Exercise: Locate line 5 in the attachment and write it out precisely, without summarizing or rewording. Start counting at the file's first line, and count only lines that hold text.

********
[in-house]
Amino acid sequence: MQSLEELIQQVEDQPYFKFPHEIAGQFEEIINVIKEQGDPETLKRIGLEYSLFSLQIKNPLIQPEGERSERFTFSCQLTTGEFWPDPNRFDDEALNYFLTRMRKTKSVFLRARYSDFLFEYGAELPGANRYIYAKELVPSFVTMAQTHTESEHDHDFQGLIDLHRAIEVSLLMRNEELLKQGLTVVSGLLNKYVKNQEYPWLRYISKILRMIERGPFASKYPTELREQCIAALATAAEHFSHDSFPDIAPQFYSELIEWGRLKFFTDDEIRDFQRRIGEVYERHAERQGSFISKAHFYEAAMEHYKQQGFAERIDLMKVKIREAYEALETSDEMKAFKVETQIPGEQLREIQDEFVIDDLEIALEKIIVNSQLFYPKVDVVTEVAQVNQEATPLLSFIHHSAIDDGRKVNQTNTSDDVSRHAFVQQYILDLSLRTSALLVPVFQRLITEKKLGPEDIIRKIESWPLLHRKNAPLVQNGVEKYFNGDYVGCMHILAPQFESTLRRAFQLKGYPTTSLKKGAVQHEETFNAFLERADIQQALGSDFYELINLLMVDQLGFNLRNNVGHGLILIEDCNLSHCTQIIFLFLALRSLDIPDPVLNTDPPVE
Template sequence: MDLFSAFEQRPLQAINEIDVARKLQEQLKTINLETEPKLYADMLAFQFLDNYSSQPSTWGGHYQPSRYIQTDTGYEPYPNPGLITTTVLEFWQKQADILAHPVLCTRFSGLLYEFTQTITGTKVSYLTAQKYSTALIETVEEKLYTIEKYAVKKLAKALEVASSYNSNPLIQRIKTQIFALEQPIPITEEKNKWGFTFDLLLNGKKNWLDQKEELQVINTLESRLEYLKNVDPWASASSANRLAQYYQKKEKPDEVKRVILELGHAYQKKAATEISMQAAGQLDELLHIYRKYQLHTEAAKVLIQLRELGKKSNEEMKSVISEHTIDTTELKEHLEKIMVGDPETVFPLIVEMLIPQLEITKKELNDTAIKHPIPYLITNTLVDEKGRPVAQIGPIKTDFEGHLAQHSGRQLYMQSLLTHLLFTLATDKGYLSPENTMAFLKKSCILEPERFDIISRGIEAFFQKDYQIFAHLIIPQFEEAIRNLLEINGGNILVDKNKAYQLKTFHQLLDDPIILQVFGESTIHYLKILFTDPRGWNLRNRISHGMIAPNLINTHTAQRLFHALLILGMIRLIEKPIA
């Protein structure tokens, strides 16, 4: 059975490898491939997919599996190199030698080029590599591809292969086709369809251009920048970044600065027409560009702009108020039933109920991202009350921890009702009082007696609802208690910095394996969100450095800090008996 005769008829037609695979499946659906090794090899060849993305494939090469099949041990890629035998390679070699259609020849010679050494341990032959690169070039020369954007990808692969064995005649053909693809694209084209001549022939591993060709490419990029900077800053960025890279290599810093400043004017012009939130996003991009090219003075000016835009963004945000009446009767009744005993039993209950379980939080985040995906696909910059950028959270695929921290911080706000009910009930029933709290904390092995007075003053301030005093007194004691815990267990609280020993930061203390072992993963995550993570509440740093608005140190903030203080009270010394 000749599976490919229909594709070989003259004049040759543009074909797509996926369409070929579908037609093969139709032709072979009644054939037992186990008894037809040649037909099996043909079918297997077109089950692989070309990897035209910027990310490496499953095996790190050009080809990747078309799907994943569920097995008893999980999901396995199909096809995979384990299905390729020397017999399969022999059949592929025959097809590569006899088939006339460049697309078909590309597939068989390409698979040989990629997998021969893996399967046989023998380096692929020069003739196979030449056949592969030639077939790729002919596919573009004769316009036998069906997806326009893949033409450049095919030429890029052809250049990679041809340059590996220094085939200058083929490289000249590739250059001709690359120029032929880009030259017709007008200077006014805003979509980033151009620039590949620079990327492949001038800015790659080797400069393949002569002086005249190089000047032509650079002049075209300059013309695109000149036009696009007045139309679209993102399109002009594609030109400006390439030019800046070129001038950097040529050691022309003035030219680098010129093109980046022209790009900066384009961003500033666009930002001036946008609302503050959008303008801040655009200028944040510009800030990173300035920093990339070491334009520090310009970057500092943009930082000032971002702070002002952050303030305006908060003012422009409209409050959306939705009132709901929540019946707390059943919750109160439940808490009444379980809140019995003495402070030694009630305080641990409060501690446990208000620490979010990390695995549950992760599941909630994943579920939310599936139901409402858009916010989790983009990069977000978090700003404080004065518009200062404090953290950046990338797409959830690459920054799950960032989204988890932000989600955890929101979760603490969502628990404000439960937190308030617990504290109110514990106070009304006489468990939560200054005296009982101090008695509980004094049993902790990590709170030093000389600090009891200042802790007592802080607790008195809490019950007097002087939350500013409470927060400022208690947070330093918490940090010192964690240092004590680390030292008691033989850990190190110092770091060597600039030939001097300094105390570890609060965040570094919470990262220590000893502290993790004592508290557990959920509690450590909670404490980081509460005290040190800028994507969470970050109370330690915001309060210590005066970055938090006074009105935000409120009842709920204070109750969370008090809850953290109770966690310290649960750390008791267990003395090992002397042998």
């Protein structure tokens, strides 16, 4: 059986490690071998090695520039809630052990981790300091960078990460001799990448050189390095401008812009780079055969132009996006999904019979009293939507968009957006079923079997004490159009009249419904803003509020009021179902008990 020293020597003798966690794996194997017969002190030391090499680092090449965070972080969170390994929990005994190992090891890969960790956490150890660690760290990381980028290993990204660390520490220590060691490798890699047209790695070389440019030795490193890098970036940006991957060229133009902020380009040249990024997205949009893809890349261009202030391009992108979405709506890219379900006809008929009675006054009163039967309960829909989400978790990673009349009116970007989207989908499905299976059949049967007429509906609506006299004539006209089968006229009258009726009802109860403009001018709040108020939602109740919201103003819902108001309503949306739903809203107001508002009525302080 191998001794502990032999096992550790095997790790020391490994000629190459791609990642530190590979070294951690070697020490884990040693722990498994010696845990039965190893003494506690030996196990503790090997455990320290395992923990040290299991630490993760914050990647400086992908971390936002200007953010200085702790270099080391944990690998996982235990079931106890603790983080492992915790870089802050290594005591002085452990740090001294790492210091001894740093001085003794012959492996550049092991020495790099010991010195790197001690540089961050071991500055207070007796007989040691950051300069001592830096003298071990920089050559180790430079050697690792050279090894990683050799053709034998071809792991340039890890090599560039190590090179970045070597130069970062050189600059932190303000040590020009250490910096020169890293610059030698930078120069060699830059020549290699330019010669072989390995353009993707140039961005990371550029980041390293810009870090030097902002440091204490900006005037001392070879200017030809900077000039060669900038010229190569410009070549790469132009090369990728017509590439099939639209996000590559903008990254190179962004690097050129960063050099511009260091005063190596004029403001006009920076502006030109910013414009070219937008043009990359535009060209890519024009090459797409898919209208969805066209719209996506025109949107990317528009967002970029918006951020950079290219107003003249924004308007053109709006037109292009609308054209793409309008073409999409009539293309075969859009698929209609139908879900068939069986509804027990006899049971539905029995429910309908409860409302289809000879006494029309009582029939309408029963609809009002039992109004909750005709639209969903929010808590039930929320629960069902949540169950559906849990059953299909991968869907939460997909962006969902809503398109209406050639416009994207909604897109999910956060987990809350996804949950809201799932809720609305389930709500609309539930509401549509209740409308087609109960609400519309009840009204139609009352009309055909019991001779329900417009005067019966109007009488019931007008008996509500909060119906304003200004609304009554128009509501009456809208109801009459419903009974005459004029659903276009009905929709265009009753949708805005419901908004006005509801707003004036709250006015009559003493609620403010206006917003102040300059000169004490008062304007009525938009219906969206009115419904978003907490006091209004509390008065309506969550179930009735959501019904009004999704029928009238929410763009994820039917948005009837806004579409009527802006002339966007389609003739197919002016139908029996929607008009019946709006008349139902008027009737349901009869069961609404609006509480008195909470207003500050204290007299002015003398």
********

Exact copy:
């Protein structure tokens, strides 16, 4: 059986490690071998090695520039809630052990981790300091960078990460001799990448050189390095401008812009780079055969132009996006999904019979009293939507968009957006079923079997004490159009009249419904803003509020009021179902008990 020293020597003798966690794996194997017969002190030391090499680092090449965070972080969170390994929990005994190992090891890969960790956490150890660690760290990381980028290993990204660390520490220590060691490798890699047209790695070389440019030795490193890098970036940006991957060229133009902020380009040249990024997205949009893809890349261009202030391009992108979405709506890219379900006809008929009675006054009163039967309960829909989400978790990673009349009116970007989207989908499905299976059949049967007429509906609506006299004539006209089968006229009258009726009802109860403009001018709040108020939602109740919201103003819902108001309503949306739903809203107001508002009525302080 191998001794502990032999096992550790095997790790020391490994000629190459791609990642530190590979070294951690070697020490884990040693722990498994010696845990039965190893003494506690030996196990503790090997455990320290395992923990040290299991630490993760914050990647400086992908971390936002200007953010200085702790270099080391944990690998996982235990079931106890603790983080492992915790870089802050290594005591002085452990740090001294790492210091001894740093001085003794012959492996550049092991020495790099010991010195790197001690540089961050071991500055207070007796007989040691950051300069001592830096003298071990920089050559180790430079050697690792050279090894990683050799053709034998071809792991340039890890090599560039190590090179970045070597130069970062050189600059932190303000040590020009250490910096020169890293610059030698930078120069060699830059020549290699330019010669072989390995353009993707140039961005990371550029980041390293810009870090030097902002440091204490900006005037001392070879200017030809900077000039060669900038010229190569410009070549790469132009090369990728017509590439099939639209996000590559903008990254190179962004690097050129960063050099511009260091005063190596004029403001006009920076502006030109910013414009070219937008043009990359535009060209890519024009090459797409898919209208969805066209719209996506025109949107990317528009967002970029918006951020950079290219107003003249924004308007053109709006037109292009609308054209793409309008073409999409009539293309075969859009698929209609139908879900068939069986509804027990006899049971539905029995429910309908409860409302289809000879006494029309009582029939309408029963609809009002039992109004909750005709639209969903929010808590039930929320629960069902949540169950559906849990059953299909991968869907939460997909962006969902809503398109209406050639416009994207909604897109999910956060987990809350996804949950809201799932809720609305389930709500609309539930509401549509209740409308087609109960609400519309009840009204139609009352009309055909019991001779329900417009005067019966109007009488019931007008008996509500909060119906304003200004609304009554128009509501009456809208109801009459419903009974005459004029659903276009009905929709265009009753949708805005419901908004006005509801707003004036709250006015009559003493609620403010206006917003102040300059000169004490008062304007009525938009219906969206009115419904978003907490006091209004509390008065309506969550179930009735959501019904009004999704029928009238929410763009994820039917948005009837806004579409009527802006002339966007389609003739197919002016139908029996929607008009019946709006008349139902008027009737349901009869069961609404609006509480008195909470207003500050204290007299002015003398």